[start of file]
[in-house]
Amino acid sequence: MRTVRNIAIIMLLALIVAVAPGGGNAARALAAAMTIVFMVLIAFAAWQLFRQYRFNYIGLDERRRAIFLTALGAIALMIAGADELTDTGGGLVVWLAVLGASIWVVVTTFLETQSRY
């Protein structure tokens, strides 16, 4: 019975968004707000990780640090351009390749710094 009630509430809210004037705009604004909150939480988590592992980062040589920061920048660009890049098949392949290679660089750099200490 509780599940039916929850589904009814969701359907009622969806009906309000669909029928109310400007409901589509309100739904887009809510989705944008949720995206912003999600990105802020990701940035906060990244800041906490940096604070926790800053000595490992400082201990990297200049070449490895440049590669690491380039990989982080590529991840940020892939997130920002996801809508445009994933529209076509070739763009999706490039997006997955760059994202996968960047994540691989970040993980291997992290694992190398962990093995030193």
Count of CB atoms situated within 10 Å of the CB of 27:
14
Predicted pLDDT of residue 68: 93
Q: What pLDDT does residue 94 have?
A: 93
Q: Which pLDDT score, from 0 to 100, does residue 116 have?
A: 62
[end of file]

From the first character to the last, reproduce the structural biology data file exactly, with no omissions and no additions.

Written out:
[in-house]
Amino acid sequence: MRTVRNIAIIMLLALIVAVAPGGGNAARALAAAMTIVFMVLIAFAAWQLFRQYRFNYIGLDERRRAIFLTALGAIALMIAGADELTDTGGGLVVWLAVLGASIWVVVTTFLETQSRY
């Protein structure tokens, strides 16, 4: 019975968004707000990780640090351009390749710094 009630509430809210004037705009604004909150939480988590592992980062040589920061920048660009890049098949392949290679660089750099200490 509780599940039916929850589904009814969701359907009622969806009906309000669909029928109310400007409901589509309100739904887009809510989705944008949720995206912003999600990105802020990701940035906060990244800041906490940096604070926790800053000595490992400082201990990297200049070449490895440049590669690491380039990989982080590529991840940020892939997130920002996801809508445009994933529209076509070739763009999706490039997006997955760059994202996968960047994540691989970040993980291997992290694992190398962990093995030193």
Count of CB atoms situated within 10 Å of the CB of 27:
14
Predicted pLDDT of residue 68: 93
Q: What pLDDT does residue 94 have?
A: 93
Q: Which pLDDT score, from 0 to 100, does residue 116 have?
A: 62